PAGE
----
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The five-factor model of personality is a hierarchical organization of personality traits in terms of five basic dimensions: Extraversion, Agreeableness, Conscientiousness, Neuroticism, and Openness to Experience. These traits can be considered predisposing and potential perpetuating factors of insomnia. Studies show that insomniacs have a greater degree of neuroticism and a lower degree of conscientiousness, however, the existing literature is still inconclusive about which personality traits show associations with the severity of insomnia. Identifying and analyzing the most prevalent personality traits in insomniacs can help develop more appropriate treatments.


Evaluate personality traits according to the big five model in participants with chronic insomnia and compare the differences between gender and degree of education.


The subjects of the study were 227 adults (177 women and 163 with a college degree), ages 18-59 years (M=38.5, SD=11) who met DSM-V diagnostic criteria for chronic insomnia and underwent medical interviews. Individuals with other sleep disorders were excluded. Participants completed the NEO Five-Factor Inventory Revised (NEO-FFI-R) which was applied online with the assistance of a psychologist. Descriptive analyzes (proportions, average, standard deviation) of the socio-demographic characteristics and personality traits of the participants were performed. Comparisons using the t test were performed considering gender and degree of education.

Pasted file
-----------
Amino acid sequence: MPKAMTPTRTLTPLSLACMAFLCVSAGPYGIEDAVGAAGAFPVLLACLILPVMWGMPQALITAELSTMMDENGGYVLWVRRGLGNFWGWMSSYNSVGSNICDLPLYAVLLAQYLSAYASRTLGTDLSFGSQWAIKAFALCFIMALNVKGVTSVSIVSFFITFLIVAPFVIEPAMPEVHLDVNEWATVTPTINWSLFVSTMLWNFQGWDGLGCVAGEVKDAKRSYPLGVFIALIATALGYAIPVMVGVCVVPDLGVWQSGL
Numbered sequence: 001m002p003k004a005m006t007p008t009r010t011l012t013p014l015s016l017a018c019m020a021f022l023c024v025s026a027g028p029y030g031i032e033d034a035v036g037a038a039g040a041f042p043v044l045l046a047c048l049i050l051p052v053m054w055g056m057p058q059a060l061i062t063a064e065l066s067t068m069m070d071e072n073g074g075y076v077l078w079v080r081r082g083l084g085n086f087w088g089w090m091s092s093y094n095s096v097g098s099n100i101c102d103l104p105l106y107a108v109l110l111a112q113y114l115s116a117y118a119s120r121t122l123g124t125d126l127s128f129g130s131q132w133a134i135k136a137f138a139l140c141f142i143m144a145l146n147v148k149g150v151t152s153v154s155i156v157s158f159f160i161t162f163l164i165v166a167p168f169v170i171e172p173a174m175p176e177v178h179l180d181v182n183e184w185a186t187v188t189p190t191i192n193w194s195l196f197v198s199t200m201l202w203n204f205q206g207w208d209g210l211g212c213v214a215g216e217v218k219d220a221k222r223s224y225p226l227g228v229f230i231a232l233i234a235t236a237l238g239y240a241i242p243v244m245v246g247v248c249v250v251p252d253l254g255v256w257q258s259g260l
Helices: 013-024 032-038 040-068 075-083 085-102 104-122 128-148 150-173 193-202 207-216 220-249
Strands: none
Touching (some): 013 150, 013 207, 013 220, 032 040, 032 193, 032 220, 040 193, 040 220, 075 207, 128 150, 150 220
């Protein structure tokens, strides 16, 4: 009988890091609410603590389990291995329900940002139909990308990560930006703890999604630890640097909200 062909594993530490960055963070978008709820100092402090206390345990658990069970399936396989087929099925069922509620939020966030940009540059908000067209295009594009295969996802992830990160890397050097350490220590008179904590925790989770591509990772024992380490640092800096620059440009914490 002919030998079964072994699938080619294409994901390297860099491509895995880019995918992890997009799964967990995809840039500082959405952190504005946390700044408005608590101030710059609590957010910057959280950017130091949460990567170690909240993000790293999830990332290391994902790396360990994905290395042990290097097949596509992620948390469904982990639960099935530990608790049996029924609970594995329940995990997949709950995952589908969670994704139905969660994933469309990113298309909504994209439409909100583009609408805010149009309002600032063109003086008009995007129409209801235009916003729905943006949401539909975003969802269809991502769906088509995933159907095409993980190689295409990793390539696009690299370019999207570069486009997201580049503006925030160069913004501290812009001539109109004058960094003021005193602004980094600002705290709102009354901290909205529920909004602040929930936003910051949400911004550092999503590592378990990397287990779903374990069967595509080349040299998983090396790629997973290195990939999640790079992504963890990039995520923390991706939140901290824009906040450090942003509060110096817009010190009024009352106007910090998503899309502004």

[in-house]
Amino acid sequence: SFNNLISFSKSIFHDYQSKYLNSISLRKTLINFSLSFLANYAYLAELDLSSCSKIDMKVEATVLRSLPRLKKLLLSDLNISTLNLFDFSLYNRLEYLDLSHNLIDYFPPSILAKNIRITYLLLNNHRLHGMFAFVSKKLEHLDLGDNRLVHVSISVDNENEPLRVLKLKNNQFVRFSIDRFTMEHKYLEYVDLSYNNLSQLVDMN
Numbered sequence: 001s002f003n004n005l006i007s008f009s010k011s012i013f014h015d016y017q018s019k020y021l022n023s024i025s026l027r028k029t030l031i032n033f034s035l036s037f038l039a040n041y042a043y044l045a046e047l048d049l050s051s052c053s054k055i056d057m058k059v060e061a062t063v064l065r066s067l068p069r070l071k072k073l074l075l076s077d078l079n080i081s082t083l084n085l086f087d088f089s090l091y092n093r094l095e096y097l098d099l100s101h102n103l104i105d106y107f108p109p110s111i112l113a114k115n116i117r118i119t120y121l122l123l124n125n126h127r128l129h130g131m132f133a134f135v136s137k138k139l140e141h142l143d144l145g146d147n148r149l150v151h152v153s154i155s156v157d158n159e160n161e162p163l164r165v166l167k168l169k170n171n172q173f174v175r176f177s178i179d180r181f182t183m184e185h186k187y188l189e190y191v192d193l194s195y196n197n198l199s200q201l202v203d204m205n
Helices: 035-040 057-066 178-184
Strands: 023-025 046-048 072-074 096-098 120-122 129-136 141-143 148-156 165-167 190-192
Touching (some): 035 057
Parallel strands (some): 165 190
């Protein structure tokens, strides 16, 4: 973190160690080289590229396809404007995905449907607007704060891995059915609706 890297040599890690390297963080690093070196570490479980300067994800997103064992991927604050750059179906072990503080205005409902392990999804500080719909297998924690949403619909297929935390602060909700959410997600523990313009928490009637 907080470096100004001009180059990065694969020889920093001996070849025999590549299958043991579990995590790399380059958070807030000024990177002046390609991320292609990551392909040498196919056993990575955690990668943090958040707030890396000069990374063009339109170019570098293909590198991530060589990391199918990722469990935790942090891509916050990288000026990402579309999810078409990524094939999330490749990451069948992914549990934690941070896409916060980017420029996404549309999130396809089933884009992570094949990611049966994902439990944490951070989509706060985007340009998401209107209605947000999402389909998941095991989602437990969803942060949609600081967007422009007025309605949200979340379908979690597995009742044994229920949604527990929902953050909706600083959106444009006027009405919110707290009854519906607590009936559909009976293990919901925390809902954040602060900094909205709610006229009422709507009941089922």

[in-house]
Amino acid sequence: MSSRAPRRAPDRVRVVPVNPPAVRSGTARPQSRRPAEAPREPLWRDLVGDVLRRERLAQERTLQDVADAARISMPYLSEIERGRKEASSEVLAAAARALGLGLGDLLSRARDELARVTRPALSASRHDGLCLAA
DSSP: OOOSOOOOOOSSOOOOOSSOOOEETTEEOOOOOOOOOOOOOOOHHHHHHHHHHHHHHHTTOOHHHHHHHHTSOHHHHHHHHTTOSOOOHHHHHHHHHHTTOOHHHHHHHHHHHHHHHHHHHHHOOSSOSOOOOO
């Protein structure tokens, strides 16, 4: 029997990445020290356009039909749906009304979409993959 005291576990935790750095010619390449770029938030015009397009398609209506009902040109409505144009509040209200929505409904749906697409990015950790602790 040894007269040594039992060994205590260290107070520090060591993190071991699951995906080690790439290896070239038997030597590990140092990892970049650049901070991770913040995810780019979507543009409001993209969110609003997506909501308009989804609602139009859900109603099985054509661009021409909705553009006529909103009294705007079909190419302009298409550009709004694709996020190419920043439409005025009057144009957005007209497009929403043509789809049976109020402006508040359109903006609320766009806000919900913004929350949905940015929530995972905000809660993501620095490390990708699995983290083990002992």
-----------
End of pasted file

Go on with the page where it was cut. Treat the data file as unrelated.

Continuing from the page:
Most of the sample subjects had high neuroticism (64.3%) and low extraversion (59%). Female participants had statistically higher scores in Agreeableness (p=0.03, d=0.48, 95% CI [0.04, 0.92]). Participants without higher education had statistically lower scores on Conscientiousness (p=0.03, d = -0.44, 95% CI [-0.83, -0.04]) and higher on neuroticism (p=0.02, d = 0.45, 95% CI [0.08, 0.82]). Data should be interpreted with caution due to the small number of male participants and of those who do not have a higher education.


The results corroborate previous studies by demonstrating that patients with chronic insomnia often have a high degree of neuroticism and a lower degree of extraversion.


Insomnia; Sleep; Personality traits.


Área Clínica


Bárbara Araújo CONWAY, Marwin CARMO, Andrea Cecília TOSCANINI, Rosa HASAN, Renatha El RAFIHI-FERREIRA